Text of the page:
phoenix-user mailing list archives

Site index · List index
Message view « Date » · « Thread »
Top « Date » · « Thread »
From James Taylor <jamestay...@apache.org>
Subject Re: Phoenix response time
Date Sat, 06 Sep 2014 06:29:46 GMT
Something is up in your environment. What version of Phoenix and HBase
are you using and in what environment? Have you tried this locally,
outside of AWS to compare?

Take a look at our perf numbers, generated more-or-less daily, and
which run over more data that what you're testing against:
http://phoenix-bin.github.io/client/performance/phoenix-20140904095313.htm

Some of these are point queries and they take in the neighborhood of
0.01 seconds.

Thanks,
James

On Fri, Sep 5, 2014 at 10:48 PM, Vikas Agarwal <vikas@infoobjects.com> wrote:
> Missed to mention that count query (posted in my last mail) is also taking
> very long time to return the count.
>
>
> On Sat, Sep 6, 2014 at 11:17 AM, Vikas Agarwal <vikas@infoobjects.com>
> wrote:
>>
>> As I mentioned, schema is nothing but bunch of fields (some being
>> integers, longs and text) along with primary key (row key) and I am making
>> simple query to get result for a particular primary key, nothing more than
>> that.
>>
>> 0: jdbc:phoenix:localhost> SELECT count(1) FROM table_name;
>>
>> +------------+
>>
>> |  COUNT(1)  |
>>
>> +------------+
>>
>> | 4667515    |
>>
>> +------------+
>>
>> 1 row selected (132.11 seconds)
>>
>>
>>
>> On Sat, Sep 6, 2014 at 11:09 AM, Puneet Kumar Ojha
>> <puneet.kumar@pubmatic.com> wrote:
>>>
>>> If you can share the schema,data type,cardinality of each dimension and
>>> usual queries, I can help to design a schema with performance of less than 1
>>> sec using Phoenix.
>>>
>>>
>>>
>>> Thanks
>>>
>>>
>>>
>>>
>>>
>>> ------ Original message------
>>>
>>> From: James Taylor
>>>
>>> Date: Sat, Sep 6, 2014 10:15 AM
>>>
>>> To: user;
>>>
>>> Subject:Re: Phoenix response time
>>>
>>>
>>>
>>> Vikas,
>>> Please post your schema and query.
>>> Thanks,
>>> James
>>>
>>> On Fri, Sep 5, 2014 at 9:18 PM, Vikas Agarwal <vikas@infoobjects.com>
>>> wrote:
>>> > Ours is also a single node setup right now and as of now there are less
>>> > than
>>> > 1 million rows which is expected to grow around 100m at minimum.
>>> >
>>> > I am aware of secondary indexes but when I am querying on primary/row
>>> > key,
>>> > why would it take so much time?
>>> >
>>> > I am directly querying using sqlline for Phoenix and hbase shell for
>>> > HBase
>>> > query. I am not expecting to do any fine tuning for such small dataset.
>>> > I am
>>> > assumimg a minimum performance level out of the box.
>>> >
>>> > On Friday, September 5, 2014, yeshwanth kumar <yeshwanth43@gmail.com>
>>> > wrote:
>>> >>
>>> >> hi vikas,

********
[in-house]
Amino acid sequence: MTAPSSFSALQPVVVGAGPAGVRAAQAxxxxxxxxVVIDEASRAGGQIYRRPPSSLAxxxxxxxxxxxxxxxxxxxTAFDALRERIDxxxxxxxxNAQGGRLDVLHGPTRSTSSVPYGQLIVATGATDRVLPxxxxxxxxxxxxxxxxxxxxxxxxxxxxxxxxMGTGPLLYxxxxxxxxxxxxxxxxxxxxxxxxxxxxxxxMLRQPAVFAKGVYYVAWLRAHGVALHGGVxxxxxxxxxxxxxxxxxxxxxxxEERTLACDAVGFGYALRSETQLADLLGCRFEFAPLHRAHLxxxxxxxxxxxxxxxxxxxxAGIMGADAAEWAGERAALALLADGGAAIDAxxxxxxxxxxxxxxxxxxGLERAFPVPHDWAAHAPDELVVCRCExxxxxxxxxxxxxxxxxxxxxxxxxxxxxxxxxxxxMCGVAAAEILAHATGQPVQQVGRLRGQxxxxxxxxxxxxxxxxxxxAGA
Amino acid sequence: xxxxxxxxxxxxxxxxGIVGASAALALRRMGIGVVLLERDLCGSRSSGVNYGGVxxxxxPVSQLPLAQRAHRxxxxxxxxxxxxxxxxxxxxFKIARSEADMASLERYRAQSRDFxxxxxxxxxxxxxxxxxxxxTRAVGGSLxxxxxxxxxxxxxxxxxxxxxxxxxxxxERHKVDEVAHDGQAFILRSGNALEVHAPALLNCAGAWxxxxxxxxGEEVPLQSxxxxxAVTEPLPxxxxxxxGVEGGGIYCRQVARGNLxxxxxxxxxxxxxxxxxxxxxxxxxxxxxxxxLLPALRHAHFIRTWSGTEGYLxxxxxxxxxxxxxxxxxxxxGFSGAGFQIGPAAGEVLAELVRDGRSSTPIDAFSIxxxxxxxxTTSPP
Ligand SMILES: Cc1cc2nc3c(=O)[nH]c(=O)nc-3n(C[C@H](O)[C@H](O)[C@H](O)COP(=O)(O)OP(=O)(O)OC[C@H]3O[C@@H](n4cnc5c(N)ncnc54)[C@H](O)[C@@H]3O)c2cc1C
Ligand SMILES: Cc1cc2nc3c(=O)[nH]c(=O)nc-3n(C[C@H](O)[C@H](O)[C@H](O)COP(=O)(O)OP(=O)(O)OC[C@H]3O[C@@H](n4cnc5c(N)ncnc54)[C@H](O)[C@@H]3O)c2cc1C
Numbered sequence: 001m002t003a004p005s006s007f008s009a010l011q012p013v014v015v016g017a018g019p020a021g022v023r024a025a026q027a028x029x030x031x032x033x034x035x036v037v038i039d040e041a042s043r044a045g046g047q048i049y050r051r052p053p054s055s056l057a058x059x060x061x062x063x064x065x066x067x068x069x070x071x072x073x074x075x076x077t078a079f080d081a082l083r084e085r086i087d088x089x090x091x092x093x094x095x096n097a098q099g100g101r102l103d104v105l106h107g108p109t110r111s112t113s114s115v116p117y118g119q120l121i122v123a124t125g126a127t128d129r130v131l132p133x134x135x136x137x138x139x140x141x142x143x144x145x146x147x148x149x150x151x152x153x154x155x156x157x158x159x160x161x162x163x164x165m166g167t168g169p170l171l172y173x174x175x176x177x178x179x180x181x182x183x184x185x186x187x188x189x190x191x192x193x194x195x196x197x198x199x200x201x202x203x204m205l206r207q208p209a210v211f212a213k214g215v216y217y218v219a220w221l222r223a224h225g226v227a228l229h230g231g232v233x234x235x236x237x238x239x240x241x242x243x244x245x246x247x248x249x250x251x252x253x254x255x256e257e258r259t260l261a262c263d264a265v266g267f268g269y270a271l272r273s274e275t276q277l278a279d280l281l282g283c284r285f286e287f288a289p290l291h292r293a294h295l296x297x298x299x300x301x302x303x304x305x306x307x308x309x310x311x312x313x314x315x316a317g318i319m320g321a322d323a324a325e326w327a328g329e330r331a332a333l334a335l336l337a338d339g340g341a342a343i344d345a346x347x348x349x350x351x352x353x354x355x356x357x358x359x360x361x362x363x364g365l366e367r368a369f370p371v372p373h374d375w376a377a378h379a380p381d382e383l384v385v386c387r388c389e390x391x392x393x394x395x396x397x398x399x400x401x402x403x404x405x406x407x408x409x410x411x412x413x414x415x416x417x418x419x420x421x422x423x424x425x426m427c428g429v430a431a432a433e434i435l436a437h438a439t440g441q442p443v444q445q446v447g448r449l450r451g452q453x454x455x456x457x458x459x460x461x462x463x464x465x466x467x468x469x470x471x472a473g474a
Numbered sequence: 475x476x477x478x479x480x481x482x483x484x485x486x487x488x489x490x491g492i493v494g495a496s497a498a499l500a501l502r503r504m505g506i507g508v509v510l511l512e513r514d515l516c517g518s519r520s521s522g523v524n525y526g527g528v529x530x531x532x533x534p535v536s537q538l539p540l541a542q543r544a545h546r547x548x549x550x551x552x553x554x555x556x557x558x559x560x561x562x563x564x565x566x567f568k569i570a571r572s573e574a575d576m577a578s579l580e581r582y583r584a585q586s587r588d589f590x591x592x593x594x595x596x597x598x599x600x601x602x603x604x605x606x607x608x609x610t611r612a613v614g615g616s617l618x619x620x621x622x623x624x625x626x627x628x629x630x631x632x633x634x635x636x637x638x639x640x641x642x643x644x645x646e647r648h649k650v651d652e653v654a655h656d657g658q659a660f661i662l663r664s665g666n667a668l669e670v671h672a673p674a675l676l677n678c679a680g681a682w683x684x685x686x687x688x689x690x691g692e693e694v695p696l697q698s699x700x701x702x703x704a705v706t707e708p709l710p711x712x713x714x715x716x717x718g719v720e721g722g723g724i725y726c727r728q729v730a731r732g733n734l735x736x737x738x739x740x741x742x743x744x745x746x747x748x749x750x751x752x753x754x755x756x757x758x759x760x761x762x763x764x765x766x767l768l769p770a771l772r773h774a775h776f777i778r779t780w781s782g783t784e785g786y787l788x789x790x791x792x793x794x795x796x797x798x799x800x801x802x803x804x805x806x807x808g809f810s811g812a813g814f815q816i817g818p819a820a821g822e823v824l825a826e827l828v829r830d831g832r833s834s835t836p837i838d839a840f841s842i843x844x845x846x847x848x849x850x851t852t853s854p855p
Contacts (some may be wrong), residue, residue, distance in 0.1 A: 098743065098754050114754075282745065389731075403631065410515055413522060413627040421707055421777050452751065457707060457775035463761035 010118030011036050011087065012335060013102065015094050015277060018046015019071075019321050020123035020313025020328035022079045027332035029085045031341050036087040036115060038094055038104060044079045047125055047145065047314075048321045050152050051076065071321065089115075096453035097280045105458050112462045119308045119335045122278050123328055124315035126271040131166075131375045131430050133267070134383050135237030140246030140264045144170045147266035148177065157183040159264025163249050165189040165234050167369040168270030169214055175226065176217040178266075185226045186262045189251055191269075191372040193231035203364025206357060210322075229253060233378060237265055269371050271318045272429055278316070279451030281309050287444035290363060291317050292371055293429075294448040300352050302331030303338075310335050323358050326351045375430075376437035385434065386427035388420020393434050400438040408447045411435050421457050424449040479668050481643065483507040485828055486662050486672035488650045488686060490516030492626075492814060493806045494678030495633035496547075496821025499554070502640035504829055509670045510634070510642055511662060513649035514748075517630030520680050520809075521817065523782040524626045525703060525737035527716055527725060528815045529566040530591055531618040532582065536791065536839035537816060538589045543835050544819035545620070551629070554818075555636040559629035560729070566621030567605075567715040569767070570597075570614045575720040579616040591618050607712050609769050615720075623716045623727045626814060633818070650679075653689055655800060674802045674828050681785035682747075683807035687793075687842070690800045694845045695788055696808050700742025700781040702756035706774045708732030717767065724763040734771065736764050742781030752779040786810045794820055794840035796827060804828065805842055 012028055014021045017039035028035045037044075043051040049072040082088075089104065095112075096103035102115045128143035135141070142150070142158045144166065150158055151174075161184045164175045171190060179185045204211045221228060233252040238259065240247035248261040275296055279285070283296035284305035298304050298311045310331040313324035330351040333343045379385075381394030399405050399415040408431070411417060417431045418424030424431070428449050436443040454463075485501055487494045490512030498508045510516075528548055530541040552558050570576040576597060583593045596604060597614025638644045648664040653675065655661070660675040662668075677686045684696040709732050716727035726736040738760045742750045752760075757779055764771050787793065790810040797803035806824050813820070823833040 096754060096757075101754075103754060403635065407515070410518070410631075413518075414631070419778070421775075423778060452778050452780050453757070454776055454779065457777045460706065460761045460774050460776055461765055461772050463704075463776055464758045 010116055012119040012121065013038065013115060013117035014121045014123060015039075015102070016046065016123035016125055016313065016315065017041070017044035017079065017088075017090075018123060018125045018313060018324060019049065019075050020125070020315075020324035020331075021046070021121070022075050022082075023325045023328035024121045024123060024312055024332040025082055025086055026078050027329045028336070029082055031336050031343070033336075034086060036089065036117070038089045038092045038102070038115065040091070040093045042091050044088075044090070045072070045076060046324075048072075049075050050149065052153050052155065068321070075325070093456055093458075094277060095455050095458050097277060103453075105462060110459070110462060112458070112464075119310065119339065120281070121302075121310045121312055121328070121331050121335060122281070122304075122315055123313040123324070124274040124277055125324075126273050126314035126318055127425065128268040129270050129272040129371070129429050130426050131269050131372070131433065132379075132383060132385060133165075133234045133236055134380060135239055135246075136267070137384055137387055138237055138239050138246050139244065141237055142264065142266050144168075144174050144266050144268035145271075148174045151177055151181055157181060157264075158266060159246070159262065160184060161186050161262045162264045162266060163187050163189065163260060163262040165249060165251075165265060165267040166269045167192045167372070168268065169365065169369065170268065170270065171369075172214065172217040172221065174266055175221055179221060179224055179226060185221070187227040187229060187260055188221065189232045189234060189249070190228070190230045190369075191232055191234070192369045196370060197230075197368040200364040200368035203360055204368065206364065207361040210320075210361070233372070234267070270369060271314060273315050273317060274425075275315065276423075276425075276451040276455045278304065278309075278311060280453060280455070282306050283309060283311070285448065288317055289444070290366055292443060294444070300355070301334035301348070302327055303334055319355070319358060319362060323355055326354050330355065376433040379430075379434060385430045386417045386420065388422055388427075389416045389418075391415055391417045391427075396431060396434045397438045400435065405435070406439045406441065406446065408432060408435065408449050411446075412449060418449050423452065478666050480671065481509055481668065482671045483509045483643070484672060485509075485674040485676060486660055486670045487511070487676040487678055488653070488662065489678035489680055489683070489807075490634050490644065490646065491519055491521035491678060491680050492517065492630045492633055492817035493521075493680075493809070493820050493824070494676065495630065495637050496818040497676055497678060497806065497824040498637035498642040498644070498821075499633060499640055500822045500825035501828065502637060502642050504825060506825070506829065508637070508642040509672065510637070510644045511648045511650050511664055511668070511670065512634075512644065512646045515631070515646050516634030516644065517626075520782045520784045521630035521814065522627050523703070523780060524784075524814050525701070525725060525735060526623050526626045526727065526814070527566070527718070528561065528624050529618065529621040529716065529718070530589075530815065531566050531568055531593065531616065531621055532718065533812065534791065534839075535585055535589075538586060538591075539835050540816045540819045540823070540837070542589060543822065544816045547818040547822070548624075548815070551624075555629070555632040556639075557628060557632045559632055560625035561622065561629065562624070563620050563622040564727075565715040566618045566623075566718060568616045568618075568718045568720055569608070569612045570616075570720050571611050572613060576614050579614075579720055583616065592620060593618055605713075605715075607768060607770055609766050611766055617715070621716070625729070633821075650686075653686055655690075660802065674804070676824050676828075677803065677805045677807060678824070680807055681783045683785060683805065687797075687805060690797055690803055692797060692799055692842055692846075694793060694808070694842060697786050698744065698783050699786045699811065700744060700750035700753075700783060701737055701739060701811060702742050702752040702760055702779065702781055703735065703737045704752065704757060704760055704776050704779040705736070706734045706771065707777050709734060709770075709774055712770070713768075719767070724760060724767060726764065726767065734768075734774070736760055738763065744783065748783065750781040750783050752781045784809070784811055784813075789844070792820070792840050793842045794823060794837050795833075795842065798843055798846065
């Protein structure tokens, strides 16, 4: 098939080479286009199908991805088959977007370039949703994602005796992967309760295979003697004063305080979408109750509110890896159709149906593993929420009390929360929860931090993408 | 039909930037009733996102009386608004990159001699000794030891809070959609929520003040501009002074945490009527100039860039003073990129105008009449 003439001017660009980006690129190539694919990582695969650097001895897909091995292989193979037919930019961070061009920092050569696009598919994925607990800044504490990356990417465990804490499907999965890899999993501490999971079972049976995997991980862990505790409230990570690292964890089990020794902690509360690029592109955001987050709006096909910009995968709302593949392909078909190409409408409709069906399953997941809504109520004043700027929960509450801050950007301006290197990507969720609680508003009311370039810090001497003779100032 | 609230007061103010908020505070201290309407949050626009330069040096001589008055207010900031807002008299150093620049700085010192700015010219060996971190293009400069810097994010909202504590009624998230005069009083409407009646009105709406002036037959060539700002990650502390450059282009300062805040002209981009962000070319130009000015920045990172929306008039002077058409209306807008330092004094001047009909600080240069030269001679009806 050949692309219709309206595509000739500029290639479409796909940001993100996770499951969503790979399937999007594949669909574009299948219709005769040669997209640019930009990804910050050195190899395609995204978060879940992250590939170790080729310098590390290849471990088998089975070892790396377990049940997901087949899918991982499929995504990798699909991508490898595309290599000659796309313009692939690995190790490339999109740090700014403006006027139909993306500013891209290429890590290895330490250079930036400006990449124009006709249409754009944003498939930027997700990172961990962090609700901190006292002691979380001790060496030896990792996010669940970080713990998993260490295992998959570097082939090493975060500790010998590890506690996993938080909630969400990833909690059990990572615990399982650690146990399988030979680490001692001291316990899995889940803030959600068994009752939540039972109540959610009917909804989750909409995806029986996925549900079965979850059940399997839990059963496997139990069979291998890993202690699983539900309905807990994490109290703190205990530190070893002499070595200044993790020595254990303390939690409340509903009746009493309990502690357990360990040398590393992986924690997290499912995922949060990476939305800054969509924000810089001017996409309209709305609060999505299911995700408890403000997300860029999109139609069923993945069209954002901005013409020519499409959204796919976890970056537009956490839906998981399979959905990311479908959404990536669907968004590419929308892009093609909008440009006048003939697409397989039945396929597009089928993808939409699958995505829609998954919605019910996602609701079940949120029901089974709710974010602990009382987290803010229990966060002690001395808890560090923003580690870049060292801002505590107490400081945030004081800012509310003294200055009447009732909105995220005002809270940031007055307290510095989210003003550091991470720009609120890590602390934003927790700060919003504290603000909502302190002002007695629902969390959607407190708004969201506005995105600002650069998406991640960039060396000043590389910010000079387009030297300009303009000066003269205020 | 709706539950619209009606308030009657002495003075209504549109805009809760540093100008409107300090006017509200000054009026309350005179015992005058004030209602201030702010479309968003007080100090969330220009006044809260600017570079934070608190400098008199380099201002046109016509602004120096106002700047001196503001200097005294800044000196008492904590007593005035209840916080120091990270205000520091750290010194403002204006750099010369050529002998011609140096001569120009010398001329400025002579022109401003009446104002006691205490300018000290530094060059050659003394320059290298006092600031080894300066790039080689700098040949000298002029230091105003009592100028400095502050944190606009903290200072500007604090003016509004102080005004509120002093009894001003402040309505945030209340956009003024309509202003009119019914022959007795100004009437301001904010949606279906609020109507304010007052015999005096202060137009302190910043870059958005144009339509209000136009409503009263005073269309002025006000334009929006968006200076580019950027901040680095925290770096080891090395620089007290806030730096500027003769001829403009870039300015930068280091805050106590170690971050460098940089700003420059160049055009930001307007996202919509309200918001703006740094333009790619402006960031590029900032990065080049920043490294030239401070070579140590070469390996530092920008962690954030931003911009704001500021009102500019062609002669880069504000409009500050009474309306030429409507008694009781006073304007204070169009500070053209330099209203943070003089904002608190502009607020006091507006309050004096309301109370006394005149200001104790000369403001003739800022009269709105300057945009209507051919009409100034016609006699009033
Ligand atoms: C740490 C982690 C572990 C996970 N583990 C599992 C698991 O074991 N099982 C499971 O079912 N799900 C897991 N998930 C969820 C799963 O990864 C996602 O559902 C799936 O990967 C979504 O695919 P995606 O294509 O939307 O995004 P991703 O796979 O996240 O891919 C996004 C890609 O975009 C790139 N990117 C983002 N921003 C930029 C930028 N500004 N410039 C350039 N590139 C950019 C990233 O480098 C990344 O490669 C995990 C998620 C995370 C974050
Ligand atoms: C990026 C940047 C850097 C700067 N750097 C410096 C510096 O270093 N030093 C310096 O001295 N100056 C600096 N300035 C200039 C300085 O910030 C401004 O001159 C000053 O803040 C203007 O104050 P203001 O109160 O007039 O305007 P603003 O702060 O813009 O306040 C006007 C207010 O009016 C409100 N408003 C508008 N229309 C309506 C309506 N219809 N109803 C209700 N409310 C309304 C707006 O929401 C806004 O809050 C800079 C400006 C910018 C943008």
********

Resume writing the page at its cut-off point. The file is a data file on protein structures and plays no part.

>>> >>
>>> >> we used phoenix on a 4 core/23Gb machine, as a single node setup.
>>> >> used HDP 2.1
>>> >> our table has 50-70M rows,
>>> >> select on that table took less than 2 seconds.
>>> >> Aggregation queries took less than 8 seconds.
>>> >> for achieving good performance we created secondary index on the
>>> >> table.
>>> >>
>>> >> make sure you finetuned hbase,
>>> >> enabling compression on the data makes a difference in response.
>>> >> if u distribute the data and load over all regions in hbase,
>>> >> look at the performance tips mentioned in phoenix blog
>>> >>
>>> >> -yeshwanth
>>> >>
>>> >>
>>> >>
>>> >> Cheers,
>>> >> Yeshwanth
>>> >>
>>> >>
>>> >>
>>> >> On Fri, Sep 5, 2014 at 5:42 PM, Vikas Agarwal <vikas@infoobjects.com>
>>> >> wrote:
>>> >>>
>>> >>> Hi,
>>> >>>
>>> >>> Preface: We are testing phoenix using Hortonworks distribution for
>>> >>> HBase
>>> >>> on Amazon EC2 instance (r3.large, 2 CPU/15 GB RAM).
>>> >>>
>>> >>> With contrast to performance benchmarks, I found Phoenix to be very
>>> >>> slow
>>> >>> in querying even on primary key or row key. So, tried to increase
the
>>> >>> RAM
>>> >>> for HBase and Phoenix and increasing the CPU and RAM by upgrading
the
>>> >>> EC2
>>> >>> machine type to r3.xlarge (4 CPU, 30 GB RAM). Results were like
this:
>>> >>>
>>> >>> Time takes in returning result of query on row key:
>>> >>> With Storm running and very less RAM available: 50 sec
>>> >>>
>>> >>> With Storm stopped and RAM available to Phoenix and HBase: 18 sec
>>> >>>
>>> >>> With new machine of next higher category (4 CPU and 30 GB RAM):
8 sec
>>> >>>
>>> >>> Pure HBase query by row key with Storm stopped and (2 CPU, 15 GB
>>> >>> RAM):
>>> >>> 0.0150 seconds. :)
>>> >>>
>>> >>> So, the difference seems to be many fold of what native HBase is
>>> >>> providing to us. I am not able to understand how it can be possible?
>>> >>> What I
>>> >>> am missing here?
>>> >>>
>>> >>> --
>>> >>> Regards,
>>> >>> Vikas Agarwal
>>> >>> 91 – 9928301411
>>> >>>
>>> >>> InfoObjects, Inc.
>>> >>> Execution Matters
>>> >>> http://www.infoobjects.com
>>> >>> 2041 Mission College Boulevard, #280
>>> >>> Santa Clara, CA 95054
>>> >>> +1 (408) 988-2000 Work
>>> >>> +1 (408) 716-2726 Fax
>>> >>
>>> >>
>>> >
>>> >
>>> > --
>>> > Regards,
>>> > Vikas Agarwal
>>> > 91 – 9928301411
>>> >
>>> > InfoObjects, Inc.
>>> > Execution Matters
>>> > http://www.infoobjects.com
>>> > 2041 Mission College Boulevard, #280
>>> > Santa Clara, CA 95054
>>> > +1 (408) 988-2000 Work
>>> > +1 (408) 716-2726 Fax
>>> >
>>> >
>>
>>
>>
>>
>> --
>> Regards,
>> Vikas Agarwal
>> 91 – 9928301411
>>
>> InfoObjects, Inc.
>> Execution Matters
>> http://www.infoobjects.com
>> 2041 Mission College Boulevard, #280
>> Santa Clara, CA 95054
>> +1 (408) 988-2000 Work
>> +1 (408) 716-2726 Fax
>
>
>
>
> --
> Regards,
> Vikas Agarwal
> 91 – 9928301411
>
> InfoObjects, Inc.
> Execution Matters
> http://www.infoobjects.com
> 2041 Mission College Boulevard, #280
> Santa Clara, CA 95054
> +1 (408) 988-2000 Work
> +1 (408) 716-2726 Fax

Mime
View raw message